Mirai, the clumsily written Internet of Things virus that harnessed so many devices in an attack on journalist Brian Krebs that it overloaded Akamai, has now spread to devices in either 164 or 177 countries -- that is, pretty much everywhere with reliable electricity and internet access.
Imperva, a company that provides protection to websites against Distributed Denial of Service (DDoS) attacks, is among the ones who have been busy investigating Mirai. According to their tally, the botnet made of Mirai-infected devices has reached a total of 164 countries. A pseudonymous researcher that goes by the name MalwareTech has also been mapping Mirai, and according to his tally, the total is even higher, at 177 countries.
Internet of Things Malware Has Apparently Reached Almost All Countries on Earth [Lorenzo Franceschi-Bicchierai/Motherboard] Read the rest
Now there are three: Neil Gaiman's best-loved novels are being re-released with gorgeous pulp covers; back in August, it was American Gods, in a month you'll be able to marry it up with the stupendous Anansi Boys, to be followed in November by Neverwhere (painted by Robert E McGinnis, lettering by Todd Klein). (via Neil Gaiman)
Someone -- possibly the government of China -- has launched a series of probing attacks on the internet's most critical infrastructure, using carefully titrated doses of denial-of-service to precisely calibrate a tool for shutting down the whole net. Read the rest
In my latest Locus column, The Privacy Wars Are About to Get A Whole Lot Worse, I describe the history of the privacy wars to date, and the way that the fiction of "notice and consent" has provided cover for a reckless, deadly form of viral surveillance capitalism. Read the rest
Marc Laidlaw, the cyberpunk pioneer who went on to serve as writer on some of Valve's greatest video-game titles -- the Half-Life series, Portal -- has just posted his entire backlist to Amazon as $3, DRM-free ebooks, including his debut novel Dad's Nuke (think Fallout, but with religious extremist militants who subsist on "Host on a shingle," this being the cultured recovered foreskin tissue of Jesus Christ on fortified crackers) and Kalifornia, a brilliant and prescient novel about media, cultural disintegration, and celebrity. Read the rest
One of Theresa May's first act as Prime Minister of the United Kingdom was to shutter the Department for Energy and Climate Change, moving the climate change to a new entity called the Department for Business, Energy & Industrial Strategy, with Andrea Leadsom -- who, as Energy Minister, celebrated her first day on the job in 2015 by asking the civil service "Is climate change real?" and giving the UK coal industry a role in answering the question -- as Environment Secretary. Read the rest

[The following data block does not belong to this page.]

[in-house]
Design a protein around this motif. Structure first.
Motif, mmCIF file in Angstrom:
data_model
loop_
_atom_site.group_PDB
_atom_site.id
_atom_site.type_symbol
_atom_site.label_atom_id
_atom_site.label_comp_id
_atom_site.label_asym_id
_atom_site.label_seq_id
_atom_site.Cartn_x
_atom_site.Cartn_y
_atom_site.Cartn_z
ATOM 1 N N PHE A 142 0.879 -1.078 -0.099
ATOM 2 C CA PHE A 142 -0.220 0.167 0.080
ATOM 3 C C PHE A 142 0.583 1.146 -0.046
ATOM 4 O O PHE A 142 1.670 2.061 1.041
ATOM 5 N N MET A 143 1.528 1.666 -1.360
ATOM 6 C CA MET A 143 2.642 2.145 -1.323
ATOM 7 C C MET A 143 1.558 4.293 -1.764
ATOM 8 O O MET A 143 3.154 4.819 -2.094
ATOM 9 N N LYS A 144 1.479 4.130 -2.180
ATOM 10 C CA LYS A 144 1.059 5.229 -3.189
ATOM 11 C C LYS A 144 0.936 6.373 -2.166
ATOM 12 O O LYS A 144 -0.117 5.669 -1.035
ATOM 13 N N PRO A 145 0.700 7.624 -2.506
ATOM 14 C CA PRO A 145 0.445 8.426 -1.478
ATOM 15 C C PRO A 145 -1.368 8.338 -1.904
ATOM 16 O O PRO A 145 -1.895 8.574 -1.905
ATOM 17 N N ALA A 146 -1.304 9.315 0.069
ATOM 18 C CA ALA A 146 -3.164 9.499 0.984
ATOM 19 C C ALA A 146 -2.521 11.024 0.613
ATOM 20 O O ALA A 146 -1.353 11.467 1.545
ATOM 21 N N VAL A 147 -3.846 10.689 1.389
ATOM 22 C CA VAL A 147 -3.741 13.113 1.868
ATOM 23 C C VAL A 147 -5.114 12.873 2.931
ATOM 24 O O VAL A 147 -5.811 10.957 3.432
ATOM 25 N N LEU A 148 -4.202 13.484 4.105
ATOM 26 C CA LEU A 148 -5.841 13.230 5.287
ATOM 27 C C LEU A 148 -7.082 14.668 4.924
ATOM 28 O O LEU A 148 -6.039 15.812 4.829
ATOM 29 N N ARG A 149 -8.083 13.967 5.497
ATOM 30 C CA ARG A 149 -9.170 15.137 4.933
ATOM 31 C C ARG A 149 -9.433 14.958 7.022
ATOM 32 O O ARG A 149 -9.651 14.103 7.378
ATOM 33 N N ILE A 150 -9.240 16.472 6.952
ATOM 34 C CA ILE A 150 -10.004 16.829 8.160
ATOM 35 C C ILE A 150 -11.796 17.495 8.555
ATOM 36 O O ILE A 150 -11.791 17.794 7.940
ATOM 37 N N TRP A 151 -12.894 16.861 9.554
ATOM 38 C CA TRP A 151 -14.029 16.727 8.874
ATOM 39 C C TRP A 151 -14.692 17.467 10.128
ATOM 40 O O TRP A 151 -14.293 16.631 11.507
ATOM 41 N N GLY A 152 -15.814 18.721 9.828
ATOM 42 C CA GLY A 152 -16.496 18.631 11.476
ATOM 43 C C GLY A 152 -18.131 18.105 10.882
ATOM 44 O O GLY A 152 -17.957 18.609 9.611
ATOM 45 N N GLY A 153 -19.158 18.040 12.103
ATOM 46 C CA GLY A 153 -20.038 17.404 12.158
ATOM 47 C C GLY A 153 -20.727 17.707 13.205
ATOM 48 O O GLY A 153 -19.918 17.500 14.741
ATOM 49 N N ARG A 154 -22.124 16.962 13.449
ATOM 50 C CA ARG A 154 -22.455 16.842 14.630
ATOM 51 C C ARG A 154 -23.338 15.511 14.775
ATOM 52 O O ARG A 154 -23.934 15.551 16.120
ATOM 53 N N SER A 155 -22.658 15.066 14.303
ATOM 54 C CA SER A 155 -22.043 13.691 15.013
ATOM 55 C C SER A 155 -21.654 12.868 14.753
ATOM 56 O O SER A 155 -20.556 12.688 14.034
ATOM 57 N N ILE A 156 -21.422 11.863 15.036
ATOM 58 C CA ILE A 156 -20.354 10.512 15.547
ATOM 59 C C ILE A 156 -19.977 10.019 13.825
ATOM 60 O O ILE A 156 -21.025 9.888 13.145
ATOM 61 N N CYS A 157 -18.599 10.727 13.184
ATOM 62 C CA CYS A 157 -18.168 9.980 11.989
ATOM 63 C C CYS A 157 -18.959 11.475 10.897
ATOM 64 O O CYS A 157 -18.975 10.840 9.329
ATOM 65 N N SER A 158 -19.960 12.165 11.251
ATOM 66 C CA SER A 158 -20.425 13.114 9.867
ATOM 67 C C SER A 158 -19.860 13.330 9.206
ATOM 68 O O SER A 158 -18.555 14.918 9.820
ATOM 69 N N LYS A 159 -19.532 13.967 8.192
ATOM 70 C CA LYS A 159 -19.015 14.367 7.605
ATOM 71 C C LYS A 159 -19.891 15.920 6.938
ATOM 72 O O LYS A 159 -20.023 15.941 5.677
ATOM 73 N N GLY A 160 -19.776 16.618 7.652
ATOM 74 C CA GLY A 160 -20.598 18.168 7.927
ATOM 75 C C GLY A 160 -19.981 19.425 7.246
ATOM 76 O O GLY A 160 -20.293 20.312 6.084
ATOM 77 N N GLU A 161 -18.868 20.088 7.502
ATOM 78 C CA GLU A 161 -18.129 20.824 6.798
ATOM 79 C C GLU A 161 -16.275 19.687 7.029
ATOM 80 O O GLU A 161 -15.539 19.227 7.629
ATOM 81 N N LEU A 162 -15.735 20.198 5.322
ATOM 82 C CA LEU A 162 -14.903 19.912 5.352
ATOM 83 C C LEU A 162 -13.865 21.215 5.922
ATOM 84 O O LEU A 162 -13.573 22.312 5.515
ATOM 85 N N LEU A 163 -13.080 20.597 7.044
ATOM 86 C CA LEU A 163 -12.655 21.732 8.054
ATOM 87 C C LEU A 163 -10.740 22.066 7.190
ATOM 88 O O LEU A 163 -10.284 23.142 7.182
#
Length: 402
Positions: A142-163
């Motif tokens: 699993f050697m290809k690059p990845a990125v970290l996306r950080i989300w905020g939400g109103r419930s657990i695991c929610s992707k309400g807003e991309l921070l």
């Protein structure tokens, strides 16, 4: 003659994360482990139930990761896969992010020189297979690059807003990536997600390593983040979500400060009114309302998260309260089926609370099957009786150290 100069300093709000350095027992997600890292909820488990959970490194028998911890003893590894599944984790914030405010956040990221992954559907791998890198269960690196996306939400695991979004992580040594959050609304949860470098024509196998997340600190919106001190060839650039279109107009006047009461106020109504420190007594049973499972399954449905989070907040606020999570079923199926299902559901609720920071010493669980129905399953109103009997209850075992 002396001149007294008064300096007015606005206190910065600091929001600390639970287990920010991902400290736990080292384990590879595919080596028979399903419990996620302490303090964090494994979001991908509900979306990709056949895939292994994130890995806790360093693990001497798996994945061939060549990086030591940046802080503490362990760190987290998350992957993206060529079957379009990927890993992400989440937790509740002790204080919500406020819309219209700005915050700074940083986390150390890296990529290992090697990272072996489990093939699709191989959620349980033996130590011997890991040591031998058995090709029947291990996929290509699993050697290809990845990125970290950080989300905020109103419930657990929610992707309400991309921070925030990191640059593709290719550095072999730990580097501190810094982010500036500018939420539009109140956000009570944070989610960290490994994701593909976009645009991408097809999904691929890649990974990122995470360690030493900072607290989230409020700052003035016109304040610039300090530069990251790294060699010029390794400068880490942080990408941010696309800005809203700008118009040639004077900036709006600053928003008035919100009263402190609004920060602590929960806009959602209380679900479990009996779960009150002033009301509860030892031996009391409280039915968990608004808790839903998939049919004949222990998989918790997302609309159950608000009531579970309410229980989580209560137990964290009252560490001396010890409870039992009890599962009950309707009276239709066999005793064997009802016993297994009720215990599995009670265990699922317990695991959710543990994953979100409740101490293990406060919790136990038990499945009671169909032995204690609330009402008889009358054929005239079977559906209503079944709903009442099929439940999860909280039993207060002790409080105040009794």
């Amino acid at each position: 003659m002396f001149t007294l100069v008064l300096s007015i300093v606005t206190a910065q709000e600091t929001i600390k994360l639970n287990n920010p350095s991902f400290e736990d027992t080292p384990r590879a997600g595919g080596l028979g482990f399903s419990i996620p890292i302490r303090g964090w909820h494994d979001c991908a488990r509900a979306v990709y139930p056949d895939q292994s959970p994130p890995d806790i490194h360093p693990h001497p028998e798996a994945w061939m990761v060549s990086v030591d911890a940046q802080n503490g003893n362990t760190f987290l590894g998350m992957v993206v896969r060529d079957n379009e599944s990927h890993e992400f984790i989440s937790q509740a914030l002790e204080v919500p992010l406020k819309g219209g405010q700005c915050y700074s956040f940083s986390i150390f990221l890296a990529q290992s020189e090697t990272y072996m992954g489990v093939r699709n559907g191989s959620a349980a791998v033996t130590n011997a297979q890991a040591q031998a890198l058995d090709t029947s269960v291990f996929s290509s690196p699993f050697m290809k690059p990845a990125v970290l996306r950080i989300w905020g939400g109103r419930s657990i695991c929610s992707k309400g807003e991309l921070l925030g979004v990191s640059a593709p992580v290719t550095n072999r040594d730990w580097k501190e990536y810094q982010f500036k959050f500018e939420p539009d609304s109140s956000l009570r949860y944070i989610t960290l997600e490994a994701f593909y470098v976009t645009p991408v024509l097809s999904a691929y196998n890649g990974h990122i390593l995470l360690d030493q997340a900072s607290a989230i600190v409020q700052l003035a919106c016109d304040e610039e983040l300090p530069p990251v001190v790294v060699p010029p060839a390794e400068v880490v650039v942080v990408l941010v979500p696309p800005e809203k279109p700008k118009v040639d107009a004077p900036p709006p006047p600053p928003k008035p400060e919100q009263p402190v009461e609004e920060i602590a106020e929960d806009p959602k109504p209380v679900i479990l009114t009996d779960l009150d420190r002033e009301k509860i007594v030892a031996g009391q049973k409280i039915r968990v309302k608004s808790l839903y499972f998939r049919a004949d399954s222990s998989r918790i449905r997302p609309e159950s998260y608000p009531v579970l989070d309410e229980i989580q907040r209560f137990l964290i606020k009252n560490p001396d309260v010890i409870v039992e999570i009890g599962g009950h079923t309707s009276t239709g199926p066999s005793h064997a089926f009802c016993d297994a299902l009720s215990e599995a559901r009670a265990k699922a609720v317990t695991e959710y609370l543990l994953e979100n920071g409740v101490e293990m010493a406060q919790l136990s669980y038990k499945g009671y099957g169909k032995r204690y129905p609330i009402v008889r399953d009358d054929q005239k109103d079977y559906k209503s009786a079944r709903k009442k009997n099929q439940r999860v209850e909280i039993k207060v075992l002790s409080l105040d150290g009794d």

In Normal, Warren Ellis (previously) sets a technothriller in a kind of rehab center for futurists and foresight specialists who've developed "abyss gaze" -- a kind of special bleak depression that overtakes people who plug themselves into the digital world 24/7 in order to contemplate our precarious days to come. Read the rest
Charlie Stross is in excellent form this morning about the likely outcomes from last night's Brexit vote, hitting all the highlights: collapse of the finance sector when Euro-denominated derivatives trades relocate to an EU state; collapse of the London property market (a big deal as 40% of the UK's national wealth is property in the southeast); sucession risks for Scotland and Northern Ireland; the increased legitimacy of the reactionary right and xenophobia and racism as the "shy UKIPpers" realise (or claim) that they were more numerous than they had believed. Read the rest
Phytophthora ramorum is a mold, related to the Irish Potato Famine pathogen, that causes some oak and tanoak trees to split open and bleed out all their sap, something called "sudden oak death." Read the rest